UTM coördinates can have a lot of digits and sometimes they are given in truncated form for simplicity. In this map excerpt, 400000 and 4053000 are in meters; 401, 402, and 4052 are in kilometers. By convention, UTM coördinates are written in small and large digits—the tens and units km digits being large—so that even when they are truncated, you know what units to interpret them as. To get a feel for how UTM works (and how it compares to latitude and longitude), there's a nice tool at mappingsupport.com that overlays maps with UTM grid lines.
The gravitational field of two moons doing this kind of dance puts spiral lumps into an area of Saturn's ring: Some music I liked when I was a kid doesn't impress me much anymore, and then there's some that I appreciate all the more as time goes on. Steely Dan is in the latter category—their music has a lot going on under the surface.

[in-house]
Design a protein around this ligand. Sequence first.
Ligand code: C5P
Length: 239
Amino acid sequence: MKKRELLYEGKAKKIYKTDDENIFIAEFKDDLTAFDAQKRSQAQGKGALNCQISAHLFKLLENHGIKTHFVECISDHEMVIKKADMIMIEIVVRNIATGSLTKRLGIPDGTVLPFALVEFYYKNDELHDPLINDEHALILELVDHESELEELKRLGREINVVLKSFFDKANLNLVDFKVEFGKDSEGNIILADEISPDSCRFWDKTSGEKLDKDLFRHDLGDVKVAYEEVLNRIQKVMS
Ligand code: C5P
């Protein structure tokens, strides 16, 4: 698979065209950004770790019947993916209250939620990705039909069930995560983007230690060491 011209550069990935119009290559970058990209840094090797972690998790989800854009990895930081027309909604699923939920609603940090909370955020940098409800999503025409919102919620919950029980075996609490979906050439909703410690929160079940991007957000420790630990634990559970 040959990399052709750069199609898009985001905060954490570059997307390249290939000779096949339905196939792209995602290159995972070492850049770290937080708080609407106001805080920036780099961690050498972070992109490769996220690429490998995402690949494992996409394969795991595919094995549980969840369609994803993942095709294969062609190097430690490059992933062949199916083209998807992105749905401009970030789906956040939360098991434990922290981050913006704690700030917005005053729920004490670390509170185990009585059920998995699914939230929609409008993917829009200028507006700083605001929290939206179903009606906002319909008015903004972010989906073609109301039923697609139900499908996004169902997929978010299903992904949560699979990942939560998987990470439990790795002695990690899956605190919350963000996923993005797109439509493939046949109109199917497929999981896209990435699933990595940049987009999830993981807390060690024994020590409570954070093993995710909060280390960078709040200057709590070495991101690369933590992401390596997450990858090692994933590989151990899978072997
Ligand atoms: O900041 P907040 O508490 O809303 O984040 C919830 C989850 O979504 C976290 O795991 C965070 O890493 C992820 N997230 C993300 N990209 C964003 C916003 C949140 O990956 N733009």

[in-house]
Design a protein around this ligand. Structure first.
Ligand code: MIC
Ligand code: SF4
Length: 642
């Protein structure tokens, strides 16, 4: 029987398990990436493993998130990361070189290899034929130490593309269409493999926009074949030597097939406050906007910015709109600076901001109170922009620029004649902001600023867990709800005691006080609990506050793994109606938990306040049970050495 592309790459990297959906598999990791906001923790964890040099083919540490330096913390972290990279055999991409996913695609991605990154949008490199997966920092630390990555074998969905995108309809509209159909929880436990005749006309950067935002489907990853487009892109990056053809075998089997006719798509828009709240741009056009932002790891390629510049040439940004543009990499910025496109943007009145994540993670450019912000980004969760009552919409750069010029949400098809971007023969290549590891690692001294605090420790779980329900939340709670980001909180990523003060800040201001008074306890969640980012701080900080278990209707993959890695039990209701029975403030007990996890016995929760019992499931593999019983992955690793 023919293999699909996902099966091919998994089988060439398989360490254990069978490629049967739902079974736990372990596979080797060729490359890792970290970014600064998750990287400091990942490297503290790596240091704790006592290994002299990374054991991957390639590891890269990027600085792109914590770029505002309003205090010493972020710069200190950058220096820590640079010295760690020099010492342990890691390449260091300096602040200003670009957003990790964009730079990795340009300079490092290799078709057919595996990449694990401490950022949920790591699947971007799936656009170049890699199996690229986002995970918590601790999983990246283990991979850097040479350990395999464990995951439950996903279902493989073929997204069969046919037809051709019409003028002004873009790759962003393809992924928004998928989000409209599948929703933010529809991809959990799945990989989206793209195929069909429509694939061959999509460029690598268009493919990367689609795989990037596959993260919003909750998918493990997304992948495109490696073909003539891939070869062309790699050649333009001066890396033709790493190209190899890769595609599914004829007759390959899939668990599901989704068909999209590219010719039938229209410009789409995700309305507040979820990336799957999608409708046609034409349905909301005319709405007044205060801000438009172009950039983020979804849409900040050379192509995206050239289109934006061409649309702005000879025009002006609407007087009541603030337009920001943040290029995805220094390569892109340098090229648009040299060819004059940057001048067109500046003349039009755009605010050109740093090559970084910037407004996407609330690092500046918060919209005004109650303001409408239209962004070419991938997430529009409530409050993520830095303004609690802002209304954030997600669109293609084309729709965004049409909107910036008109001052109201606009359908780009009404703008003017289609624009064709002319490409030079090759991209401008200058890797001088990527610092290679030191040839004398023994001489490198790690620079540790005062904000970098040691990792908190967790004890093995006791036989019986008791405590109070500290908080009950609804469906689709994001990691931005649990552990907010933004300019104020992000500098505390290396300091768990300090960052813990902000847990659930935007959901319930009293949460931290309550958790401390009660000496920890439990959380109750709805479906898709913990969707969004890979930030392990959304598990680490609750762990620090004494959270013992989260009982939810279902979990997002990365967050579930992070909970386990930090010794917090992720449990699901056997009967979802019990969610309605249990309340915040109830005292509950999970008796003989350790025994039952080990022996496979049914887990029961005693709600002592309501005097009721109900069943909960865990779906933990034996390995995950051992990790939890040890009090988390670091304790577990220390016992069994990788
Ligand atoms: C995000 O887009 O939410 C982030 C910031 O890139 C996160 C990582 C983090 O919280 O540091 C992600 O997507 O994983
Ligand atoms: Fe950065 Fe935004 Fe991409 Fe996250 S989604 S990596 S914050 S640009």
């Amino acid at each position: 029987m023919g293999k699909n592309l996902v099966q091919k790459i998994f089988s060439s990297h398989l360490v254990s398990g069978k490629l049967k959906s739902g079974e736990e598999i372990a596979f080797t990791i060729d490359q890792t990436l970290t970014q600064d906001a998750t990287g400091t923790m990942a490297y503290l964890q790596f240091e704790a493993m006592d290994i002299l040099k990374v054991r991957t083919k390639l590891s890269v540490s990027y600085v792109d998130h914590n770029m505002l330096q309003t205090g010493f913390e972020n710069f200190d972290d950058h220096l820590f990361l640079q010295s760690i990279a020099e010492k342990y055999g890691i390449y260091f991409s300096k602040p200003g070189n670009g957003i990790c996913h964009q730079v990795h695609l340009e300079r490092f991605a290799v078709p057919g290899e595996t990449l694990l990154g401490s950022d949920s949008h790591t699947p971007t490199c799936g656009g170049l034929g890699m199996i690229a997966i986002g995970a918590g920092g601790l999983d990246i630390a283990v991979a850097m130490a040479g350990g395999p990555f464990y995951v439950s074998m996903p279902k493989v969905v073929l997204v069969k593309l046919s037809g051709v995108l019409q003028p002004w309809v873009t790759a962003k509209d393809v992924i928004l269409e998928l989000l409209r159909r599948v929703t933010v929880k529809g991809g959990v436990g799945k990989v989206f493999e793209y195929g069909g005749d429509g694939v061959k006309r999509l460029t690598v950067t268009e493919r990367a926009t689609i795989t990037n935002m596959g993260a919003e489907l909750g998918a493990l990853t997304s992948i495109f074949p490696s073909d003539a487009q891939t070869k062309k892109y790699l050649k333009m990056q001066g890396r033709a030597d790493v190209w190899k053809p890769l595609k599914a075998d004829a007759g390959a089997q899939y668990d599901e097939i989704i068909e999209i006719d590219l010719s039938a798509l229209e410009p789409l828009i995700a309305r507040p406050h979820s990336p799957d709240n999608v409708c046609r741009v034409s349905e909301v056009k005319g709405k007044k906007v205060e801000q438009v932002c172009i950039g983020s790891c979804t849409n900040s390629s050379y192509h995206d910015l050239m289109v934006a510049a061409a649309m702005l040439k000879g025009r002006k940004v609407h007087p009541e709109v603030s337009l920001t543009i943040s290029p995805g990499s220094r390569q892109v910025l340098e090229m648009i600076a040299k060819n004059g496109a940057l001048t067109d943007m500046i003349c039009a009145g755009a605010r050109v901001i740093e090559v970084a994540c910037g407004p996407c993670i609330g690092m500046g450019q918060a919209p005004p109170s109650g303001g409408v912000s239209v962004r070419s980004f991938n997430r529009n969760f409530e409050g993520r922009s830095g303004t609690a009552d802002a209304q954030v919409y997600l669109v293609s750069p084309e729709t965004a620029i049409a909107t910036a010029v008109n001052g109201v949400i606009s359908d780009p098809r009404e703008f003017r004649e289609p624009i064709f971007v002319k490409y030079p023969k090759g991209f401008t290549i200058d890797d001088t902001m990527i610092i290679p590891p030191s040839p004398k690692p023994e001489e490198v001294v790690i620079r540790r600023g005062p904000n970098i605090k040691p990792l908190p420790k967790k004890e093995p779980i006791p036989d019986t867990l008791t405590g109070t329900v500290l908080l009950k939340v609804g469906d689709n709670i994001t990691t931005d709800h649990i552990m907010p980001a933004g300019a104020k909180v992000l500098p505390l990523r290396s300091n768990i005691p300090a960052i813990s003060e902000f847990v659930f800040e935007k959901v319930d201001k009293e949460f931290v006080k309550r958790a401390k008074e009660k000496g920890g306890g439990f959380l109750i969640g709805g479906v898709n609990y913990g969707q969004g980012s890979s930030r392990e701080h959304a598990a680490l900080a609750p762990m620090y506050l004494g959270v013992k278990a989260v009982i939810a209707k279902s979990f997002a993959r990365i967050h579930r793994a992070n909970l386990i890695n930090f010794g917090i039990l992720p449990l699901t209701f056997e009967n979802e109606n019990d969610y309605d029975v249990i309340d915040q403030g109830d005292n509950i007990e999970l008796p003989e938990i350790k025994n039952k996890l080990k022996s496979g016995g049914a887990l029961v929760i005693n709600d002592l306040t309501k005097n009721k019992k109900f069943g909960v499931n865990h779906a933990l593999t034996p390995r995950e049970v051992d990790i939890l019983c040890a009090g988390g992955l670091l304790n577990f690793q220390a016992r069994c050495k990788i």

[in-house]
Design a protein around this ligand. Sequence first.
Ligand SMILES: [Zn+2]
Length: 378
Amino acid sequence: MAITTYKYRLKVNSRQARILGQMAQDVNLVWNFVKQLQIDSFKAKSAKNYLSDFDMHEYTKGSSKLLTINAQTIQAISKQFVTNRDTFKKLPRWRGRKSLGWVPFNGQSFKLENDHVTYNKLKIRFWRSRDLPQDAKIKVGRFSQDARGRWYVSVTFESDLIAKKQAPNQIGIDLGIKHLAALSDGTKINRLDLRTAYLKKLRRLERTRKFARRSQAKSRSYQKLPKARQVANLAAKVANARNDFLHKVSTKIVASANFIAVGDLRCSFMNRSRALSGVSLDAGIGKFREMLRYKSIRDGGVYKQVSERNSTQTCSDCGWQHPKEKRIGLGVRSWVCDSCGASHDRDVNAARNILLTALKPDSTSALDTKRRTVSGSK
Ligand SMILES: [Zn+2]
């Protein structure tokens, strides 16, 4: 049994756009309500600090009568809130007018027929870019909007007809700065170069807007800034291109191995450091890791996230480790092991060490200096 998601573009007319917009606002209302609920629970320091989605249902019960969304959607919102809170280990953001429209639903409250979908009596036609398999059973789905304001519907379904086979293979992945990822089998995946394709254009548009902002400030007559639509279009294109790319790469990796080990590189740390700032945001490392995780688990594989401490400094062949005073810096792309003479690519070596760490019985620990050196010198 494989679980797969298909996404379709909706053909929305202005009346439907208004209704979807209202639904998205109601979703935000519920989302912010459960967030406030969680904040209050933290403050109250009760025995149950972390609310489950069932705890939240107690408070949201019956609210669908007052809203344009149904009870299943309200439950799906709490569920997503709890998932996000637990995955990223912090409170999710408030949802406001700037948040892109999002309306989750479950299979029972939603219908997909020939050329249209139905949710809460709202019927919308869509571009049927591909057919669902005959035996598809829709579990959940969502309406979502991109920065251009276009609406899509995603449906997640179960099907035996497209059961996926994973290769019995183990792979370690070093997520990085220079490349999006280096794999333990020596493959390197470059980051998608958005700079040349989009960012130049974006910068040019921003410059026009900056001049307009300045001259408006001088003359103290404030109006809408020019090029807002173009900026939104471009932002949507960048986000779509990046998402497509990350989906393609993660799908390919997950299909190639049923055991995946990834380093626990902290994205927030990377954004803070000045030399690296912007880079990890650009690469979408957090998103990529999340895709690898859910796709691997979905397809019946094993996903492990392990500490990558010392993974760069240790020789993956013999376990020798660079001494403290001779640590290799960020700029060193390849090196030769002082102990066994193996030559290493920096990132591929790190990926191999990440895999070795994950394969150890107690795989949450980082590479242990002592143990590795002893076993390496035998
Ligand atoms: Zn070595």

I like the early Steely Dan records the best. The later ones sold better and got awards.
I am saddened by Walter Becker's passing today but encouraged by Donald Fagen's tribute in which he affirms his intent to keep playing Steely Dan's music.
I like that Walter Becker's 1994 solo record has 12 tracks despite being named 11 Tracks of Whack and that it includes the song Lucky Henry which I think is an absolute gem.